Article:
Hmmm ... I think there is still a line between those who "want to use state power to impose their idea" and those who support the idea of a State Church itself.

Agreed. Some people want a state that imposes a form of Christian behavior on everybody, Christians and non-Chistians alike. They see this as a way to deal with a world that is evil.

This is the triumph of a theology that prioritizes a full commitment to look at personal behavior and worshiping in order to get better at personal behaviour over worshiping with a full commitment and changing behaviour to become better at worshiping. The important part of Christianity for these people is how you live, not how you honour God.

Forcing everybody to practice in a particular church is no longer relevant.

--------------------
I wish I was seeking justice loving mercy and walking humbly but... "Cease to lament for that thou canst not help, And study help for that which thou lament'st."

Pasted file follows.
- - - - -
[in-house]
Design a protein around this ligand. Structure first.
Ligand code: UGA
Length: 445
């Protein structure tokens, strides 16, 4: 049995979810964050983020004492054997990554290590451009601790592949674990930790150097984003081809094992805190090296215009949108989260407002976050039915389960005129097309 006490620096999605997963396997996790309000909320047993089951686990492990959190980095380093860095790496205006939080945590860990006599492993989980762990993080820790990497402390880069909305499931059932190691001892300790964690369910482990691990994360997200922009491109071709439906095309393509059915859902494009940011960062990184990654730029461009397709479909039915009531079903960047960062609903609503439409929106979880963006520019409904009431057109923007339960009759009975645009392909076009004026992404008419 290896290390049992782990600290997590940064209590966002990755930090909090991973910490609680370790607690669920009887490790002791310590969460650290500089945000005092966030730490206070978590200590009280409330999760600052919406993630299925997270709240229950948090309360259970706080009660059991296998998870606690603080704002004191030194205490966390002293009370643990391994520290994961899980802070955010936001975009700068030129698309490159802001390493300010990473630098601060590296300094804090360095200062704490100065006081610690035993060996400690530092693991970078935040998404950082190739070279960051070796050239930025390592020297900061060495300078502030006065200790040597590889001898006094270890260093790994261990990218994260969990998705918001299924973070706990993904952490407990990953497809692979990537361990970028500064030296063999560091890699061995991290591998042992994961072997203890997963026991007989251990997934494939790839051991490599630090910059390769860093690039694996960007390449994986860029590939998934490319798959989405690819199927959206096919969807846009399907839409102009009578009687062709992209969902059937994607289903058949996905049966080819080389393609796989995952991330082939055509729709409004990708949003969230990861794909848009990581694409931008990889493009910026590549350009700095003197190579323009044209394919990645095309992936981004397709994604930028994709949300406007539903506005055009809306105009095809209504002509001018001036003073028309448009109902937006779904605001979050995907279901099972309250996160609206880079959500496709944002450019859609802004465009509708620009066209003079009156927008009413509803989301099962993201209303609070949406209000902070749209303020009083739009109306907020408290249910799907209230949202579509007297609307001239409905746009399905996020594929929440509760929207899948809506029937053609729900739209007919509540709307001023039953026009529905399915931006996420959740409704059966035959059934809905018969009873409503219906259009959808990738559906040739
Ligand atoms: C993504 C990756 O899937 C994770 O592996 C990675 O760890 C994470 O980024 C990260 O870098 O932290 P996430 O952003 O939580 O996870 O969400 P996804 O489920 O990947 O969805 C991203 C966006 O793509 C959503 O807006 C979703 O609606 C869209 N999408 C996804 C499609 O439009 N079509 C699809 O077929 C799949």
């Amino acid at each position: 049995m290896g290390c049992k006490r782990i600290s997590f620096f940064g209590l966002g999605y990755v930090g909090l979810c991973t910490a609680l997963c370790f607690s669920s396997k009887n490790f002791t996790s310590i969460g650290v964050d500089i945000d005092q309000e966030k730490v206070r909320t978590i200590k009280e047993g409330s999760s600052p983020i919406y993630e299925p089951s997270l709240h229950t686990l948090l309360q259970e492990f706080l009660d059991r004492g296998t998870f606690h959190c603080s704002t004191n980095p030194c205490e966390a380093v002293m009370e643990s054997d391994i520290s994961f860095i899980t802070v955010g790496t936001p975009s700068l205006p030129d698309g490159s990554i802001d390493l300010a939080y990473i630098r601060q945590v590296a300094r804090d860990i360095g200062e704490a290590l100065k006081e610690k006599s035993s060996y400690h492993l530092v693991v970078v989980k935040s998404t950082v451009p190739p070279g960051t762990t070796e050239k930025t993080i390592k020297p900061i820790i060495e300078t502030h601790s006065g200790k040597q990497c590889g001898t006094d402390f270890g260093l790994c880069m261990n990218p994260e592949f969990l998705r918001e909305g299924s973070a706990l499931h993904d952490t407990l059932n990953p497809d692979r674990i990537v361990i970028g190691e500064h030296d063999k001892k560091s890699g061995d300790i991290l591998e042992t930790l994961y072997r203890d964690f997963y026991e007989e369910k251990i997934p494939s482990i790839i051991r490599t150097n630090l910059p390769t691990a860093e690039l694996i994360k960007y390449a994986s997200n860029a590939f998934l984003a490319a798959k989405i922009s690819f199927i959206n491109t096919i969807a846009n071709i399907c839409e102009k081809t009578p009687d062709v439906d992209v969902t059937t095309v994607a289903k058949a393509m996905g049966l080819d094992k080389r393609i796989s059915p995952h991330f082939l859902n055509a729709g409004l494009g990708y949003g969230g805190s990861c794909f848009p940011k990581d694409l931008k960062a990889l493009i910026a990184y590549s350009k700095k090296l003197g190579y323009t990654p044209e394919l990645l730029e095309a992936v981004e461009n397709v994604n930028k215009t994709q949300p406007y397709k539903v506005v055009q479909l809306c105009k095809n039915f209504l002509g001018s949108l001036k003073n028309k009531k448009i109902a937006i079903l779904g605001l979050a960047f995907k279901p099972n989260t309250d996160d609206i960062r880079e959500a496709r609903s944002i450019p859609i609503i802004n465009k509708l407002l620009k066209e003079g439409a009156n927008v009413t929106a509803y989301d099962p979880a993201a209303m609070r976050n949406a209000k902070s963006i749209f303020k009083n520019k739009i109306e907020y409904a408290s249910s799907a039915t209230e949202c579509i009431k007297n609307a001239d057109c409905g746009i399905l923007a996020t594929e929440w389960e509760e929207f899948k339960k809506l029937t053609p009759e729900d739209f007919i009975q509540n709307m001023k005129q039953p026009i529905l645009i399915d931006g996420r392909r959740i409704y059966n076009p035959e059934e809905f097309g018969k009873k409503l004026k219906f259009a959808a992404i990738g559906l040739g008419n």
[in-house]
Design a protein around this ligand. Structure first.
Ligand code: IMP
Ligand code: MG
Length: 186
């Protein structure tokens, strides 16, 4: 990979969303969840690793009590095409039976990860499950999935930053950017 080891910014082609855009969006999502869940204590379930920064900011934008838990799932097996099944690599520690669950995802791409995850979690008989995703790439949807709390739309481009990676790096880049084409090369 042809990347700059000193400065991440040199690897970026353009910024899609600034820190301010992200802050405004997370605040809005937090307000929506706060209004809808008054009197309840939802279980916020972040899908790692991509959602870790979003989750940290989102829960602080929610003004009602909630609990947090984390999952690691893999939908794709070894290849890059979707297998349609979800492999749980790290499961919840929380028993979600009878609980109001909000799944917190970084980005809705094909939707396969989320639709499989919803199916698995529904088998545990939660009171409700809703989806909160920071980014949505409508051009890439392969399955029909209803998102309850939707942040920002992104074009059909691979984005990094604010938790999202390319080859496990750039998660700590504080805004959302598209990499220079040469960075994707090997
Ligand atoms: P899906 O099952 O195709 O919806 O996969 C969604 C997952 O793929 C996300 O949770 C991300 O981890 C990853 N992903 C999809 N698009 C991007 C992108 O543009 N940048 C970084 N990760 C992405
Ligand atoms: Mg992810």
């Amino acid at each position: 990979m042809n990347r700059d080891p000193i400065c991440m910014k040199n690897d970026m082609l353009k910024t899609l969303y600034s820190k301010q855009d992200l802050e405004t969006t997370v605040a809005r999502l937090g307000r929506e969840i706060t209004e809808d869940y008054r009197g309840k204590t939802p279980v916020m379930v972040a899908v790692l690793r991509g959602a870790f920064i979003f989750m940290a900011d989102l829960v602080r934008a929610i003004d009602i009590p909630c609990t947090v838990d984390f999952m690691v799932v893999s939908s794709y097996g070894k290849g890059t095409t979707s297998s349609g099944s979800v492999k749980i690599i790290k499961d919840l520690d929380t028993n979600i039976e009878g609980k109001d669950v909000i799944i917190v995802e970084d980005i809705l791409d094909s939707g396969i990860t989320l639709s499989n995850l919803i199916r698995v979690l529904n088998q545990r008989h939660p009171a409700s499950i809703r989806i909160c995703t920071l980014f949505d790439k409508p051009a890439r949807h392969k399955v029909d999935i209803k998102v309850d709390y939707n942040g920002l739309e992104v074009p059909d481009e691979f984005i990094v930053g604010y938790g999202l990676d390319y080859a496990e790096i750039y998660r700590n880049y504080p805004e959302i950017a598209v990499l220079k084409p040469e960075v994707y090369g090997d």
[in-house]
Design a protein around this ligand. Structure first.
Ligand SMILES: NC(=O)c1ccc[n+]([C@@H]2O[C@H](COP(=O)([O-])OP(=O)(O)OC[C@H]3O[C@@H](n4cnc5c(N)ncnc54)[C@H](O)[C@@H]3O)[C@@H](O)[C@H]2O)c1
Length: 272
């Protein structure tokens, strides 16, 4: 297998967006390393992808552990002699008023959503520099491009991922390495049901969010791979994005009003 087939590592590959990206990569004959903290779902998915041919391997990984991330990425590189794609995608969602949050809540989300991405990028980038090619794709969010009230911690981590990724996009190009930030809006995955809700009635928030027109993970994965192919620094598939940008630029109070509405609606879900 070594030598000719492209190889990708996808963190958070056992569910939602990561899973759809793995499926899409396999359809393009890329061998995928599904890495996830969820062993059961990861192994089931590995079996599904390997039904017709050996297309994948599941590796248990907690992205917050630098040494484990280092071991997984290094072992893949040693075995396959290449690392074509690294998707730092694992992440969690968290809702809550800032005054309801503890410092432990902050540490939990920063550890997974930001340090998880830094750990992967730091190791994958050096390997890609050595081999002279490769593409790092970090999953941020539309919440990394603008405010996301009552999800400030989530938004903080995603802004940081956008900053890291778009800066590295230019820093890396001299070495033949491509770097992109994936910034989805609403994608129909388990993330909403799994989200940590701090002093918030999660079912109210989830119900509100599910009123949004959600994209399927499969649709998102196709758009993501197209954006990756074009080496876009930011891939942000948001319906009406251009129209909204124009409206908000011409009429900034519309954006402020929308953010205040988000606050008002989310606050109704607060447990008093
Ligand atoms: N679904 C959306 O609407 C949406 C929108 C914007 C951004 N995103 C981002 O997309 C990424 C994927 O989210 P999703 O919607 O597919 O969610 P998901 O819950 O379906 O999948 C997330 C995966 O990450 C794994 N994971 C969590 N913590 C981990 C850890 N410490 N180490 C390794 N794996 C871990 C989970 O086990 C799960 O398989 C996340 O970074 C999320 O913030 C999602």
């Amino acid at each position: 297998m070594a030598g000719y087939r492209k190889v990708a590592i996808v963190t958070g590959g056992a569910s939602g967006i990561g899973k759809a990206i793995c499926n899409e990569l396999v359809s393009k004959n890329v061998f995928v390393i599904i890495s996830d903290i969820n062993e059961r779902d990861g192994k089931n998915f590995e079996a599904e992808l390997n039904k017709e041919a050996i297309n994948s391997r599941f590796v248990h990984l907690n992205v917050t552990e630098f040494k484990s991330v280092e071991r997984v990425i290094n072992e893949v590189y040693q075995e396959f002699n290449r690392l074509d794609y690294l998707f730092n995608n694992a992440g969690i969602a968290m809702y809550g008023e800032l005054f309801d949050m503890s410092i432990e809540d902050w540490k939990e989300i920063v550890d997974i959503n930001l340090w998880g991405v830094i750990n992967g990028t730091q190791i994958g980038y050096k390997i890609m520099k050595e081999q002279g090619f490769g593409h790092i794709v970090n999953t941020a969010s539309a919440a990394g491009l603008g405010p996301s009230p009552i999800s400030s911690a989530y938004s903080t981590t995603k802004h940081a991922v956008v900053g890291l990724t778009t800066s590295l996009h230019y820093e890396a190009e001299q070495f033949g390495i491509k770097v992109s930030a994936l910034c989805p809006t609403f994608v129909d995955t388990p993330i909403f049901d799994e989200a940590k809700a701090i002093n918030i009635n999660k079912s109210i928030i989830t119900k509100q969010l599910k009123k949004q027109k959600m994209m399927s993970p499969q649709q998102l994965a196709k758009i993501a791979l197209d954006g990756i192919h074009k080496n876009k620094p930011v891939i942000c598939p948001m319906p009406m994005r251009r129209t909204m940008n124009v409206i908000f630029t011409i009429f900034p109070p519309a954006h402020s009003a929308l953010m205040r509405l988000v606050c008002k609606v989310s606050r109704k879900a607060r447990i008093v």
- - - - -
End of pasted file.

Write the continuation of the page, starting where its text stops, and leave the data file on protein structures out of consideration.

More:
Posts: 5021 | From: Toronto | Registered: Aug 2002  |  IP: Logged
Og: Thread Killer
Ship's token CN Mennonite
# 3200

 - Posted      Profile for Og: Thread Killer     Send new private message       Edit/delete post   Reply with quote 
quote:
Originally posted by mr cheesy:
..
Interestingly, Mennonites have a pretty crappy record of appeasing tyrants.

Well you spend a hundred years or so watching your fellow adherents burnt alive in, for example, brass bulls, by Lutherans and Catholics alike, because they didn't do what the state wanted and you learn to accept a place to live without worrying too much about what the head honcho does as head honcho - mostly because every head honcho has their issues so what's the point. Heck, it wasn't until 30 or so years ago that major Reformation historians stopped calling Anabaptists dangerous.

Its only really been in the last 50 years some Mennonites have moved away from 400+ years of being quiet on the land.